Greek finance minister Yanis Varoufakis is not having a good start to the week.
According to the Financial Times, Varoufakis is “increasingly isolated,” and Eurogroup chief Jeroen Dijsselbloem is contacting Prime Minister Alexis Tsipras directly to try to negotiate, bypassing the finance ministry.
At the Eurogroup summit in Riga that finished last week, Greece had hoped to finalise a €7.2 billion ($US7.8 billion, £5.16 billion) bailout tranche. However, Athens seems nowhere near a mutually acceptable agreement with its European creditors.
Spanish finance minister Luis de Guindos even broke protocol by talking to Bloomberg about the events of the meeting:
“All the ministers told him: this can’t go on,” Spain’s Luis de Guindos said the following day. “The feeling among the 18 was exactly the same. There was no kind of divergence.” The others who provided an account of the meeting in interviews asked not to be named, citing the privacy of the talks.
Varoufakis is rapidly becoming the Mario Balotelli of European finance ministers. Over the weekend he tweeted a Roosevelt quote: “They are unanimous in their hate for me; and I welcome their hatred,” which seems like a slightly wordier version of Balotelli’s more succinct “WHY ALWAYS ME“.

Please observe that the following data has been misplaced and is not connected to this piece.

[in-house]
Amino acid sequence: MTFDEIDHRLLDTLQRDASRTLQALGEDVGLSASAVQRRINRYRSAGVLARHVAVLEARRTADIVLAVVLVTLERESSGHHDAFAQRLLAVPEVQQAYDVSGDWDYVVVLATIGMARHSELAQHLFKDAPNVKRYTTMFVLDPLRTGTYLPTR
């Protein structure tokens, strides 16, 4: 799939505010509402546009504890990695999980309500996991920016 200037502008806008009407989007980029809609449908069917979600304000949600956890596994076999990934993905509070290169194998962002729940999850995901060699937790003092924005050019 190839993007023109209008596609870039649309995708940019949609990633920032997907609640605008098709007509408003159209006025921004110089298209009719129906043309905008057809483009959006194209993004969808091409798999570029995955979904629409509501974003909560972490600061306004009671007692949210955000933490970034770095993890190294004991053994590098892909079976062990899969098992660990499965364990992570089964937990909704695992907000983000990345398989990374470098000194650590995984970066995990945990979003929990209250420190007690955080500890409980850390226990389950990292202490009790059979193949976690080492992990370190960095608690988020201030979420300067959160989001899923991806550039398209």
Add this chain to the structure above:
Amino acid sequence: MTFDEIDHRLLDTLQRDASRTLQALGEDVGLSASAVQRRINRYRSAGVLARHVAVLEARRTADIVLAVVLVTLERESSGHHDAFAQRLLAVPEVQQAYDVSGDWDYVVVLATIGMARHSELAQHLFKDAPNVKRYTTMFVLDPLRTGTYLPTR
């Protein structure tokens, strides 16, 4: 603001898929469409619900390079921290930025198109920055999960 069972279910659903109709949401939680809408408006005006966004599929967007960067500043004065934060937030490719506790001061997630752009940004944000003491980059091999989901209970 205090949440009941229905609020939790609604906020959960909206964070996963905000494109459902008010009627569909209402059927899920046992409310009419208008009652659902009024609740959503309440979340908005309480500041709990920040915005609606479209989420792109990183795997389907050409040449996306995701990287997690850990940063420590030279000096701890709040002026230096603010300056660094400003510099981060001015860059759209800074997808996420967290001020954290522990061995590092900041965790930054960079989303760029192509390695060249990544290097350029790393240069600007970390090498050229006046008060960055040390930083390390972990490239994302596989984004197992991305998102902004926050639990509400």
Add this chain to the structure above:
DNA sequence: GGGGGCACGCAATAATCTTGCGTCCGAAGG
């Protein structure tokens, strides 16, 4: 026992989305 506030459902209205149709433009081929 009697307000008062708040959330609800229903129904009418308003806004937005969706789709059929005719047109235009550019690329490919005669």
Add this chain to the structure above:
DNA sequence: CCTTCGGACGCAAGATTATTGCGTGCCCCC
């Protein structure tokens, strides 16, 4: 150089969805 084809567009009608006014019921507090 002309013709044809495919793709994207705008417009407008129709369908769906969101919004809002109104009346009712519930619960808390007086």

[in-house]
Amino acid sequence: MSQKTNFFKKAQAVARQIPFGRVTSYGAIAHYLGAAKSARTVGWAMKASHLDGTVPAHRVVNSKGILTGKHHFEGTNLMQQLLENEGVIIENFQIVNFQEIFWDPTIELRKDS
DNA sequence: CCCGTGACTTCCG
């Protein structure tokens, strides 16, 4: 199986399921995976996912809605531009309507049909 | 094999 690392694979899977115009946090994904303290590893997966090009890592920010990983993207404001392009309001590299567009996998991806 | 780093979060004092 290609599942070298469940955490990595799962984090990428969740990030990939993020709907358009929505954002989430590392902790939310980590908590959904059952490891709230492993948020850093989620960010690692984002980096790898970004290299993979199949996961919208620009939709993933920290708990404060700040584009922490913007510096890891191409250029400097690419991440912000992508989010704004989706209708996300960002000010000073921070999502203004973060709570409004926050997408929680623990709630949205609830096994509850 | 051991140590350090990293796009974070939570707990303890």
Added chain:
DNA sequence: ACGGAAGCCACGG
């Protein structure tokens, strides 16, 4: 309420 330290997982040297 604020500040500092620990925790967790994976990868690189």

Analysts are pretty much united on how the situation looks. Here’s Deutsche Bank’s Jim Reid early Monday:
In terms of the latest on Greece key EU stakeholders are still in a deadlock after the meeting at Riga last Friday. Indeed there are also signs that Greek finance minister Yanis Varoufakis is increasingly being isolated both in Brussels and in Athens which has prompted officials to bypass the finance minister in upcoming debt talks.
And here’s Daiwa Capital Markets’ Chris Scicluna:
The pressure on the Greek government to speed up the formulation of acceptable fiscal and structural reforms intensified following the reported “hammering” Varoufakis received at Friday’s Eurogroup meeting.
And here’s Michael Every at Rabobank:
The news-flow over the weekend itself was already notable regarding Greece, with Eurozone finance ministers lashing out at their Greek counterpart as a “time-waster”; to which Mr. Varoufakis used Twitter to quote F.D. Roosevelt’s response to those who opposed his New Deal during the Great Depression, “They are unanimous in their hatred for me; and I welcome their hatred.” Clearly, tensions on that front continue to rise as Greece’s looming payments to creditors come due.
According to a variety of estimates, without the bailout deal Greece may have until June or July before it runs out of cash to meet debt repayments. Whether Varoufakis makes it to that point in the summer in his current position is an open question right now.
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